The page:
Vyomasthana, Vyomasthāna, Vyoman-sthana: 2 definitions
Vyomasthana means something in Hinduism, Sanskrit. If you want to know the exact meaning, history, etymology or English translation of this term then check out the descriptions on this page. Add your comment or reference to a book if you want to contribute to this summary article.
Shaktism (Shakta philosophy)Source: Google Books: Manthanabhairavatantram
Vyomasthāna (व्योमस्थान) refers to the “abode of the void”, according to the Svacchandasaṃgraha, quoted by Amṛtānanda in his commentary on the Yoginīhṛdaya (3.134-135).—Accordingly, “The Circle of the Moon in the abode of the Void (vyomasthāna) is called the End of the Sixteen. The solar orb is in the place below it and it possesses twelve energies. It is called the End of the Twelve and is the location of the Void”.
Shakta (शाक्त, śākta) or Shaktism (śāktism) represents a tradition of Hinduism where the Goddess (Devi) is revered and worshipped. Shakta literature includes a range of scriptures, including various Agamas and Tantras, although its roots may be traced back to the Vedas.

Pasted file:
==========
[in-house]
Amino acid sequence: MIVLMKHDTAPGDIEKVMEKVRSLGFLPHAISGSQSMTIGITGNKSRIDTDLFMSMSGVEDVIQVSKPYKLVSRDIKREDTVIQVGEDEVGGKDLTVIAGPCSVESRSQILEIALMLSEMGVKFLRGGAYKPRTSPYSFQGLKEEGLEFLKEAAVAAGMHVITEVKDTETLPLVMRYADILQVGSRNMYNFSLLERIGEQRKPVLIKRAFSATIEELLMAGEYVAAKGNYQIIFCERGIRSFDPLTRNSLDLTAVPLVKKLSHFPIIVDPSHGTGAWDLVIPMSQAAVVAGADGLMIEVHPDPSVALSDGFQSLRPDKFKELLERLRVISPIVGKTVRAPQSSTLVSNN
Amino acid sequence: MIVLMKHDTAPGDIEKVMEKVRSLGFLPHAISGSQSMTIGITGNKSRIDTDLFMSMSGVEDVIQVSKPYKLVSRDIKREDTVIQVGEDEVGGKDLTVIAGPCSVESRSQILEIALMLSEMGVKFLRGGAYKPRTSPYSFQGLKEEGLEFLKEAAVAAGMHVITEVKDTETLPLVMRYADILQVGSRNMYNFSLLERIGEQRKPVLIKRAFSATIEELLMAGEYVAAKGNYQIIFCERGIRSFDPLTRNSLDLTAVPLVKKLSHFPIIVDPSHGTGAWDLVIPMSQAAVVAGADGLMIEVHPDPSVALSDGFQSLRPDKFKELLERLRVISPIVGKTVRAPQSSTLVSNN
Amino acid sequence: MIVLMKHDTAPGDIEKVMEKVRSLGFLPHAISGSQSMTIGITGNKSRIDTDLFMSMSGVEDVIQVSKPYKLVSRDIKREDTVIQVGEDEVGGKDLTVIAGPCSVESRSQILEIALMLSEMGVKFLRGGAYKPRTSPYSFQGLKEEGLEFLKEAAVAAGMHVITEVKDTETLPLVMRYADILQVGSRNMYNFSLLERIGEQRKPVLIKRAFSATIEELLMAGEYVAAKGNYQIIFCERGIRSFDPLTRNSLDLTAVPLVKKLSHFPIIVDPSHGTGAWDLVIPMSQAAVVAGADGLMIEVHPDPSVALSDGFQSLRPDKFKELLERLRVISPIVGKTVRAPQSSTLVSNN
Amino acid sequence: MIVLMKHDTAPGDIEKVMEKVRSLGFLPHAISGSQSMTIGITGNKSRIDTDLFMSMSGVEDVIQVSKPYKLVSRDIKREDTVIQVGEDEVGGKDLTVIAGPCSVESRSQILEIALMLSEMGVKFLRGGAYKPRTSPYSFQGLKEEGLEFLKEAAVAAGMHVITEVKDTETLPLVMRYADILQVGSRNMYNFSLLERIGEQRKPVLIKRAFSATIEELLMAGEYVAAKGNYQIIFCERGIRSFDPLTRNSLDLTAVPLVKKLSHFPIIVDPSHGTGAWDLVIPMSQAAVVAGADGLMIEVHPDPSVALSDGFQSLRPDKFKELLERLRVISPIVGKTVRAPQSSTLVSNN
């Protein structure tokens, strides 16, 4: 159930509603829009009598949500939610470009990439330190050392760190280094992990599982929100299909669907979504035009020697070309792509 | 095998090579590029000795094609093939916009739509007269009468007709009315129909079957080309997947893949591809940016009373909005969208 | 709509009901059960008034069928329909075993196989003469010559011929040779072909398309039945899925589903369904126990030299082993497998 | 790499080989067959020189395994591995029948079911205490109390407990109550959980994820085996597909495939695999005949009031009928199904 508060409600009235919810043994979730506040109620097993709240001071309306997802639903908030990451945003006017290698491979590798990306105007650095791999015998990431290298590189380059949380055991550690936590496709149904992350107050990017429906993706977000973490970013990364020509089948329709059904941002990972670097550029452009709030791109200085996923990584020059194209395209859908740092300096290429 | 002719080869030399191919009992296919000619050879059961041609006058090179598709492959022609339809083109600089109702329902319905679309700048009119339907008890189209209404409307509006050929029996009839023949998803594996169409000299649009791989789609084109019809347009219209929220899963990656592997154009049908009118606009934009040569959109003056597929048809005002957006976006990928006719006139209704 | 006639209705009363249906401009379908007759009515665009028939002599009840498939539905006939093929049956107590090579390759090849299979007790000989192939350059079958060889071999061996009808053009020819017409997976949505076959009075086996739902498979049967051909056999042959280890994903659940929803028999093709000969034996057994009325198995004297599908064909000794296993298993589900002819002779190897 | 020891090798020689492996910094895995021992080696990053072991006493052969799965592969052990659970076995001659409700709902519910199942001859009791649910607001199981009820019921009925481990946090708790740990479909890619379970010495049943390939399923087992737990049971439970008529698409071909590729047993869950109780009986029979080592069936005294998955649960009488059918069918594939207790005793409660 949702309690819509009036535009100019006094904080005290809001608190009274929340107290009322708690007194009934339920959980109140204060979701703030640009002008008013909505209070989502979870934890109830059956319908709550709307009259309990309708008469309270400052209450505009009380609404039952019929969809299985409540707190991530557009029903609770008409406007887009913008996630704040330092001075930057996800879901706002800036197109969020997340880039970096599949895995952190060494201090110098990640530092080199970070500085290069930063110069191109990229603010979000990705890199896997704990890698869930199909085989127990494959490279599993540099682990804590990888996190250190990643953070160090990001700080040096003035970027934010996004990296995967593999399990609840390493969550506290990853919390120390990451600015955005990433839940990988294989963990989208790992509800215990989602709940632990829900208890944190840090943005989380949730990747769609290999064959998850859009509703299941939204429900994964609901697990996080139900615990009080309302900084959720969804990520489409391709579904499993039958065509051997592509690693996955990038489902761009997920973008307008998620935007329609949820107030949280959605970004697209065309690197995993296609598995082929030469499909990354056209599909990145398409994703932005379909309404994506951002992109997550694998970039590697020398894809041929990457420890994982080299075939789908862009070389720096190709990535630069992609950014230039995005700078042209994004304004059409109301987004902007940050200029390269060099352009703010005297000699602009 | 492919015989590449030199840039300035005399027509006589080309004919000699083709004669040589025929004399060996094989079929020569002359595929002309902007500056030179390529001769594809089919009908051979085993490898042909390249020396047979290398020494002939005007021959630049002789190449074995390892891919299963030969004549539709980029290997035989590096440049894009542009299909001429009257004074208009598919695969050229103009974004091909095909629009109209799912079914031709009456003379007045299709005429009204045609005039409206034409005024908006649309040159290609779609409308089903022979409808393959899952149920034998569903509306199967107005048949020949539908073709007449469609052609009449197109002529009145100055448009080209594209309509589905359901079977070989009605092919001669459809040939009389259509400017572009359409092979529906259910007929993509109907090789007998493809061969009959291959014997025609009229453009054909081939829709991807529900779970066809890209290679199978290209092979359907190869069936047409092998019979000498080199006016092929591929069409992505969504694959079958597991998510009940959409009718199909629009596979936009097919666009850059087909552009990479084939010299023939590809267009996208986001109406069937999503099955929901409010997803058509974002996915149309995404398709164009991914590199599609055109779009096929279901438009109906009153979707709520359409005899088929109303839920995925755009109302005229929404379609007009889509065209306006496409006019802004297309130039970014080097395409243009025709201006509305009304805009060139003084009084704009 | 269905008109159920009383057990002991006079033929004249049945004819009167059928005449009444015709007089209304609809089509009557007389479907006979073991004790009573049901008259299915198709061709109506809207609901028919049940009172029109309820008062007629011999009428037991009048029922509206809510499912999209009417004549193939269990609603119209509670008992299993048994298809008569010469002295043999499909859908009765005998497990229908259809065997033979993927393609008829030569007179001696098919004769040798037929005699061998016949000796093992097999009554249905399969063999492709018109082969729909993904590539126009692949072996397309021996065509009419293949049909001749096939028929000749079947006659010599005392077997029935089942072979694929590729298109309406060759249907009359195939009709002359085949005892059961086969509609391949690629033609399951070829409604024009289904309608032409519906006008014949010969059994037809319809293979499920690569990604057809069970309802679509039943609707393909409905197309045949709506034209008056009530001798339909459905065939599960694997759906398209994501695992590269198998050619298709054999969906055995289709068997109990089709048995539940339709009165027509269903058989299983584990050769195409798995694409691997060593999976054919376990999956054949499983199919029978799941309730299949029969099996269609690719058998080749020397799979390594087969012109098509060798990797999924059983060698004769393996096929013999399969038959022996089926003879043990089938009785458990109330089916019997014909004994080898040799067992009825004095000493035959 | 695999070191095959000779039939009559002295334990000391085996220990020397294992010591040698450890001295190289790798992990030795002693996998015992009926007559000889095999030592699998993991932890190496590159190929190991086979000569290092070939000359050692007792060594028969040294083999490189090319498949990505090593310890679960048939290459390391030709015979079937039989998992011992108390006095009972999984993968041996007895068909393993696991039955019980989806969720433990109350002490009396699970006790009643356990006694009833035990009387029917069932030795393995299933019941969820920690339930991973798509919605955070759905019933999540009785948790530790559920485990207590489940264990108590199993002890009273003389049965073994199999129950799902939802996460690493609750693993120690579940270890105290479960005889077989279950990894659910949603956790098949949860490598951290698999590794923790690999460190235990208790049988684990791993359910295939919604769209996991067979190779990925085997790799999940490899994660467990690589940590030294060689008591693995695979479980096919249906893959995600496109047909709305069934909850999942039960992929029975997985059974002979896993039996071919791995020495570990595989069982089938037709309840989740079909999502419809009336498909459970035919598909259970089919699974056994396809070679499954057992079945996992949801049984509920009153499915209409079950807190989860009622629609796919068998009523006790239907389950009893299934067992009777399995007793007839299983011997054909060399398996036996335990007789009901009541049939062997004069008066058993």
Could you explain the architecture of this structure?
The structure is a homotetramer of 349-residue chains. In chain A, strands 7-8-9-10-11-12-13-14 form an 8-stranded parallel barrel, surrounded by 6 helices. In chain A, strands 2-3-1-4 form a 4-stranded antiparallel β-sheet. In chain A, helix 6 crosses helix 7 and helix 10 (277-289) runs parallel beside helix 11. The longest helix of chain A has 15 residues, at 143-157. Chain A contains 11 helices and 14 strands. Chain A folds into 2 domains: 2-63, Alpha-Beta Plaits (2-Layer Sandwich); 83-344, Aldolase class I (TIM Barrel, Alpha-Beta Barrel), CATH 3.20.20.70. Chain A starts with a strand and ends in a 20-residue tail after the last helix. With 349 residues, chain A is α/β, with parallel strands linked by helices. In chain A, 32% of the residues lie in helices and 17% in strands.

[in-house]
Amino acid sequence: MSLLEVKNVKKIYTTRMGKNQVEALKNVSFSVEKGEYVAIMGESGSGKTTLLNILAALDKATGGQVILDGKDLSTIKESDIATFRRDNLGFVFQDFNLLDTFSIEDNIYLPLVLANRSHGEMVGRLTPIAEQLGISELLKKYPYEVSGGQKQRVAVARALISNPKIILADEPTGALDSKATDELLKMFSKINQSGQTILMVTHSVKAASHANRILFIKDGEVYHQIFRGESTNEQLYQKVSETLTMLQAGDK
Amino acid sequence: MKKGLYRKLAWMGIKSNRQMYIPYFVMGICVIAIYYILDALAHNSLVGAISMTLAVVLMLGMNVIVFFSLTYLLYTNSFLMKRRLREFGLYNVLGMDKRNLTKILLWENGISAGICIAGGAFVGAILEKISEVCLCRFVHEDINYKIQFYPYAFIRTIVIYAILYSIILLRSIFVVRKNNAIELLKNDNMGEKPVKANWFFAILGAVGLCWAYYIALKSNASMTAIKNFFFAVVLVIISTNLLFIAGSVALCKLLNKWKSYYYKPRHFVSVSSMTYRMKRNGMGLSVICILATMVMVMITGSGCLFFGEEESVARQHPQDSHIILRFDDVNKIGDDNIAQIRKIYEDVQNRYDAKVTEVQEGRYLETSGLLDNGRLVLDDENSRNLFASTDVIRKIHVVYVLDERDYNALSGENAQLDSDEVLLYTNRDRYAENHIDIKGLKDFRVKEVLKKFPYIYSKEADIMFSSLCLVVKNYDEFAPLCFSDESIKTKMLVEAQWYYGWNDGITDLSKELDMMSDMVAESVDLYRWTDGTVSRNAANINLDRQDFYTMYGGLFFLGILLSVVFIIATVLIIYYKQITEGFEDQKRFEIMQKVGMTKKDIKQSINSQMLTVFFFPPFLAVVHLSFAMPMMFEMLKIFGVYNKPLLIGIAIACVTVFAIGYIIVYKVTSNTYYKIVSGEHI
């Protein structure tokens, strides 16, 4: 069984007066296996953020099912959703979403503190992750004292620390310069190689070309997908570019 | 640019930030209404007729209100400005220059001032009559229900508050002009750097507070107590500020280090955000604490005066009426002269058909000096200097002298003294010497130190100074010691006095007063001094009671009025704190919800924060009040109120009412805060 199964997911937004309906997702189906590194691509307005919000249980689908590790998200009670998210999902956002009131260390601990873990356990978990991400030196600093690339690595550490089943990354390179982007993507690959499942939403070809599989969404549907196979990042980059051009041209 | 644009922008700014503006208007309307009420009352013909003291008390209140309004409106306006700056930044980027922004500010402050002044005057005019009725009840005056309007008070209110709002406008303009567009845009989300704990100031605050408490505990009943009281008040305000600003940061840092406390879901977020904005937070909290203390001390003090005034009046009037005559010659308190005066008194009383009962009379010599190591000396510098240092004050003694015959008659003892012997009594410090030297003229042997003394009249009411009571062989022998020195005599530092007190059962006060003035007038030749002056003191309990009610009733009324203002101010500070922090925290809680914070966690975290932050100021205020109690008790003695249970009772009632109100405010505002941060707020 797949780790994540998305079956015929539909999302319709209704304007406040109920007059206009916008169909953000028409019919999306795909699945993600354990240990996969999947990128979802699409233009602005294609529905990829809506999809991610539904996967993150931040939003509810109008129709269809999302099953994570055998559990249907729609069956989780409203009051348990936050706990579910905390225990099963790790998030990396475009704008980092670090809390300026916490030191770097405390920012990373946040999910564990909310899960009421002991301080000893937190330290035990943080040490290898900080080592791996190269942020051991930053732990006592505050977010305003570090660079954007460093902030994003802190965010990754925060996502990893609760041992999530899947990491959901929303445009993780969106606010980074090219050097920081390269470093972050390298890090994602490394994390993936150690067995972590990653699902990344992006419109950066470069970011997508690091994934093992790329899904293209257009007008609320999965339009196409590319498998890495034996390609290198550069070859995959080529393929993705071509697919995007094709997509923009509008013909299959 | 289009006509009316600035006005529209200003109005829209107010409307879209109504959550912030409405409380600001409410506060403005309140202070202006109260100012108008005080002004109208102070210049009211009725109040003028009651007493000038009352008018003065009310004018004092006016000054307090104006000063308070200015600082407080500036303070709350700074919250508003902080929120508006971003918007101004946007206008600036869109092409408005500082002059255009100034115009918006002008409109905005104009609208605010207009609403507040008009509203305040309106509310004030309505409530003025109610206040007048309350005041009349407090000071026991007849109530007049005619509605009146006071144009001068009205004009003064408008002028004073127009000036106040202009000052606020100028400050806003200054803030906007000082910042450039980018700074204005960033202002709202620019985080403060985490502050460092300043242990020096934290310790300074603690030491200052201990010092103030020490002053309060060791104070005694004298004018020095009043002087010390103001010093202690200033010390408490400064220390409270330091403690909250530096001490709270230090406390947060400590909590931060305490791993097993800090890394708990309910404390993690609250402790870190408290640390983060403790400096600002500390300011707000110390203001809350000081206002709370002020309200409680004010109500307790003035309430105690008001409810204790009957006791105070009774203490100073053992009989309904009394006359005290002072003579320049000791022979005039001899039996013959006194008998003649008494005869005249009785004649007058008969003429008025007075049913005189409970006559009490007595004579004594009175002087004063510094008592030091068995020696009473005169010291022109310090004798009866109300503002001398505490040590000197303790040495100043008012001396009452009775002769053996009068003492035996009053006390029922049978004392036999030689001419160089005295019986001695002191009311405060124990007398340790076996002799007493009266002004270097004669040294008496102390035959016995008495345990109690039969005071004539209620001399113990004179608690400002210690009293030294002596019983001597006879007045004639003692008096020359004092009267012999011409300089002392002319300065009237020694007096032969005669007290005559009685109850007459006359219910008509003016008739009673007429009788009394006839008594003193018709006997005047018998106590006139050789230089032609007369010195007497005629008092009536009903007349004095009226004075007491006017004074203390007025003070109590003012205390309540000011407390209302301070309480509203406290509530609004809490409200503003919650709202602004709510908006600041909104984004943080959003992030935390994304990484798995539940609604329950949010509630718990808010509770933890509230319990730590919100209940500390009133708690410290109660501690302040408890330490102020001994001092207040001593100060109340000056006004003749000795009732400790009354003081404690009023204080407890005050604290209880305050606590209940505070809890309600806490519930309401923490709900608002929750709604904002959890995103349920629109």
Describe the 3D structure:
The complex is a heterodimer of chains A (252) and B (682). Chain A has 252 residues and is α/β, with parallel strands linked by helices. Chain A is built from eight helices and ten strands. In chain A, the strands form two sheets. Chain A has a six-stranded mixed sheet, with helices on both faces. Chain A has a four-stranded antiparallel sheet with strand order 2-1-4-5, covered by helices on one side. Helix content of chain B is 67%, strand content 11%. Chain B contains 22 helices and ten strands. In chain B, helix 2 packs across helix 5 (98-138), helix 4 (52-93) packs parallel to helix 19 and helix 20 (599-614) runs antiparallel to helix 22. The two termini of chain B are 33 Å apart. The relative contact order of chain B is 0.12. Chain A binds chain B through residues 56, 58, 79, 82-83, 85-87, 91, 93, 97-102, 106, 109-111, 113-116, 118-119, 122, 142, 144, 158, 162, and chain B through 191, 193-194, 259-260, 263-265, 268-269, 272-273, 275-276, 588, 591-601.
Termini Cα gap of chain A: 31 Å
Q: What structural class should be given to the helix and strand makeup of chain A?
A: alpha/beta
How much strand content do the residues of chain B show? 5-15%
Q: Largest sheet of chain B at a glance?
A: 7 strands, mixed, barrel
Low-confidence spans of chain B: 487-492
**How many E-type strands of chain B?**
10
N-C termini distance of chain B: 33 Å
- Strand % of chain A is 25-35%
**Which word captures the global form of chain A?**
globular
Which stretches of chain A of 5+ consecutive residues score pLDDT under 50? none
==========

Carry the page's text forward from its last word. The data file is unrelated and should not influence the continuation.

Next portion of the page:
Shaivism (Shaiva philosophy)Source: Himalayan Academy: Kamika Agama Purva Pada
Vyomasthāna (व्योमस्थान) (Cf. Gaganasthāna) refers to the “location of ākāśa”, according to the Kāmikāgama Pūrvabhāga chapter 4 (“Directions for the Daily Worship of Lord Śiva”) verse 74-76 [alternatively, chapter 6 verses 74-76].—Accordingly, “[...] The pṛthvītattva (earth) [pārthiva] is located in the heart; jalatattva [āpya], in the neck; agnitattva [vāhneya], at the root of uvula; vāyutattva [vāyu], at the mid-point of the two eyebrows; ākāśatattva [vyoman—vyomasthāna], in the brahmarandhra. Or, the location of these tattvas may be contemplated in a different way. The pṛthvītattva [pṛthivī] is from the feet to the knee; the jalatattva [āpya] is from the knee to navel; the agnitattva [anala] is from the navel to the neck; the vāyutattva [vāyura] is from the neck to the top of the face. The ākāśatattva [gagana—gaganasthāna] is located above this. Such locations are told for the purpose of dhāraṇa-practice”.
Shaiva (शैव, śaiva) or Shaivism (śaivism) represents a tradition of Hinduism worshiping Shiva as the supreme being. Closely related to Shaktism, Shaiva literature includes a range of scriptures, including Tantras, while the root of this tradition may be traced back to the ancient Vedas.
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